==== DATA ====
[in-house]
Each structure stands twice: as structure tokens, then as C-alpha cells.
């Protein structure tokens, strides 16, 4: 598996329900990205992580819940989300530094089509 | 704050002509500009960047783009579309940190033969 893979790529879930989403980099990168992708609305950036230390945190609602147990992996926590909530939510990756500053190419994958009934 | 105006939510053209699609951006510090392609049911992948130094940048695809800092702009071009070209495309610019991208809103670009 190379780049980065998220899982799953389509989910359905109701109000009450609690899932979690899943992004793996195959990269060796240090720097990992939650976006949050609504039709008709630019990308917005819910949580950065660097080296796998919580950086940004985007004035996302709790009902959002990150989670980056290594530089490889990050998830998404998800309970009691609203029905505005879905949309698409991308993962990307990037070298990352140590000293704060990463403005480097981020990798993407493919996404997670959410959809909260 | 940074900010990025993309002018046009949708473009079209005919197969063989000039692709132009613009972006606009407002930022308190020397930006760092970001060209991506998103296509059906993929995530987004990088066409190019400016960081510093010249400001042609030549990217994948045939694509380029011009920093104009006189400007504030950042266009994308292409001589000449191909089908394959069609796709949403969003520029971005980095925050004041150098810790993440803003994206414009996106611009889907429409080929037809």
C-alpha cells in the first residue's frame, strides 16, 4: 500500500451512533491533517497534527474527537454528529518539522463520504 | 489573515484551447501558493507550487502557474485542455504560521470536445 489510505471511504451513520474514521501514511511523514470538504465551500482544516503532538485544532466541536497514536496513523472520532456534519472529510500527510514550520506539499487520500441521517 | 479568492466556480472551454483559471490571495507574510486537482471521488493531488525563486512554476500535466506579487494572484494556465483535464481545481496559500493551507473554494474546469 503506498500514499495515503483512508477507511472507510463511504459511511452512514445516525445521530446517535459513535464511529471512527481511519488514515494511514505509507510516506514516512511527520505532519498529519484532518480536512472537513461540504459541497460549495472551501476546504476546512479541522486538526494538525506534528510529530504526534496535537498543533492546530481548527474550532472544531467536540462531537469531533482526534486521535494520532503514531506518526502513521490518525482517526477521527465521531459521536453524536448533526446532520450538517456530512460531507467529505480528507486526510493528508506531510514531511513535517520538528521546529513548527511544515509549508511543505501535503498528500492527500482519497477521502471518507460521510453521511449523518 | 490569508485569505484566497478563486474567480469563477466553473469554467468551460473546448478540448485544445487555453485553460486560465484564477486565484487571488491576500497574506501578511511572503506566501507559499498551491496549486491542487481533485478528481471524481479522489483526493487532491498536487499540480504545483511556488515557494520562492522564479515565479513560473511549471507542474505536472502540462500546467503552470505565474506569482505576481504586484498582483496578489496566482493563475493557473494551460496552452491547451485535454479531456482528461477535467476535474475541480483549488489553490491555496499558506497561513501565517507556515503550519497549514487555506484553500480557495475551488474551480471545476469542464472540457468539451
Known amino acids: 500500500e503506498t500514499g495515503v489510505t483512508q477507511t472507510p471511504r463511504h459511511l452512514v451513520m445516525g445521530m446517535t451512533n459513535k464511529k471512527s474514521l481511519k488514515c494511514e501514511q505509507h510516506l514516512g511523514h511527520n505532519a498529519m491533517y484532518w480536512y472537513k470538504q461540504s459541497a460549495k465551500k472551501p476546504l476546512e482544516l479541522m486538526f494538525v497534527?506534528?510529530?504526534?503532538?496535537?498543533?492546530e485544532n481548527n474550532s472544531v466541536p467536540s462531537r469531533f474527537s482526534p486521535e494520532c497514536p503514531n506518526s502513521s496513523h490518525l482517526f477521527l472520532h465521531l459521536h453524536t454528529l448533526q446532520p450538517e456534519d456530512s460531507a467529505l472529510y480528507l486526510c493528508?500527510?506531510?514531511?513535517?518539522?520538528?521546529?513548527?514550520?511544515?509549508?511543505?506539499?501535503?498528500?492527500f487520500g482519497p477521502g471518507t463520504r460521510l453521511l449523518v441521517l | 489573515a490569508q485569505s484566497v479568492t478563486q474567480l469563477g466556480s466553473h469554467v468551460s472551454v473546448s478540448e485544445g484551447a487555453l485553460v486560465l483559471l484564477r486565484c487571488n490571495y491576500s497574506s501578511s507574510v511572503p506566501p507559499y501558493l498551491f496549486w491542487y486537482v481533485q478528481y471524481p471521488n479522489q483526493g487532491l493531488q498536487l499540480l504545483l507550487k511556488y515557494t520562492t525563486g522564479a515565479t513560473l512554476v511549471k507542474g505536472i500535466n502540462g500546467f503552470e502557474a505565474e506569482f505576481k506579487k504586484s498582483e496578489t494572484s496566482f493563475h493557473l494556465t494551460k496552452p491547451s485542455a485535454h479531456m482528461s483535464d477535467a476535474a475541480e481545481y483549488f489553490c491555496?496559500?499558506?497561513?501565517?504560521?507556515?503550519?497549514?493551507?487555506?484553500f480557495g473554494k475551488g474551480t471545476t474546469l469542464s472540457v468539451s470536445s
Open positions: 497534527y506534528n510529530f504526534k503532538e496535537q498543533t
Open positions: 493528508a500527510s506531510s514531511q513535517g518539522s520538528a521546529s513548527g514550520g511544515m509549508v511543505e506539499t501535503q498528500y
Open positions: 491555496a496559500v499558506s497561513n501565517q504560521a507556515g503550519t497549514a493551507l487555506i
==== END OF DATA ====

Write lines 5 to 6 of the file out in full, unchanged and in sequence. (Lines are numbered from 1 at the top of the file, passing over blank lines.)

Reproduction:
Known amino acids: 500500500e503506498t500514499g495515503v489510505t483512508q477507511t472507510p471511504r463511504h459511511l452512514v451513520m445516525g445521530m446517535t451512533n459513535k464511529k471512527s474514521l481511519k488514515c494511514e501514511q505509507h510516506l514516512g511523514h511527520n505532519a498529519m491533517y484532518w480536512y472537513k470538504q461540504s459541497a460549495k465551500k472551501p476546504l476546512e482544516l479541522m486538526f494538525v497534527?506534528?510529530?504526534?503532538?496535537?498543533?492546530e485544532n481548527n474550532s472544531v466541536p467536540s462531537r469531533f474527537s482526534p486521535e494520532c497514536p503514531n506518526s502513521s496513523h490518525l482517526f477521527l472520532h465521531l459521536h453524536t454528529l448533526q446532520p450538517e456534519d456530512s460531507a467529505l472529510y480528507l486526510c493528508?500527510?506531510?514531511?513535517?518539522?520538528?521546529?513548527?514550520?511544515?509549508?511543505?506539499?501535503?498528500?492527500f487520500g482519497p477521502g471518507t463520504r460521510l453521511l449523518v441521517l | 489573515a490569508q485569505s484566497v479568492t478563486q474567480l469563477g466556480s466553473h469554467v468551460s472551454v473546448s478540448e485544445g484551447a487555453l485553460v486560465l483559471l484564477r486565484c487571488n490571495y491576500s497574506s501578511s507574510v511572503p506566501p507559499y501558493l498551491f496549486w491542487y486537482v481533485q478528481y471524481p471521488n479522489q483526493g487532491l493531488q498536487l499540480l504545483l507550487k511556488y515557494t520562492t525563486g522564479a515565479t513560473l512554476v511549471k507542474g505536472i500535466n502540462g500546467f503552470e502557474a505565474e506569482f505576481k506579487k504586484s498582483e496578489t494572484s496566482f493563475h493557473l494556465t494551460k496552452p491547451s485542455a485535454h479531456m482528461s483535464d477535467a476535474a475541480e481545481y483549488f489553490c491555496?496559500?499558506?497561513?501565517?504560521?507556515?503550519?497549514?493551507?487555506?484553500f480557495g473554494k475551488g474551480t471545476t474546469l469542464s472540457v468539451s470536445s
Open positions: 497534527y506534528n510529530f504526534k503532538e496535537q498543533t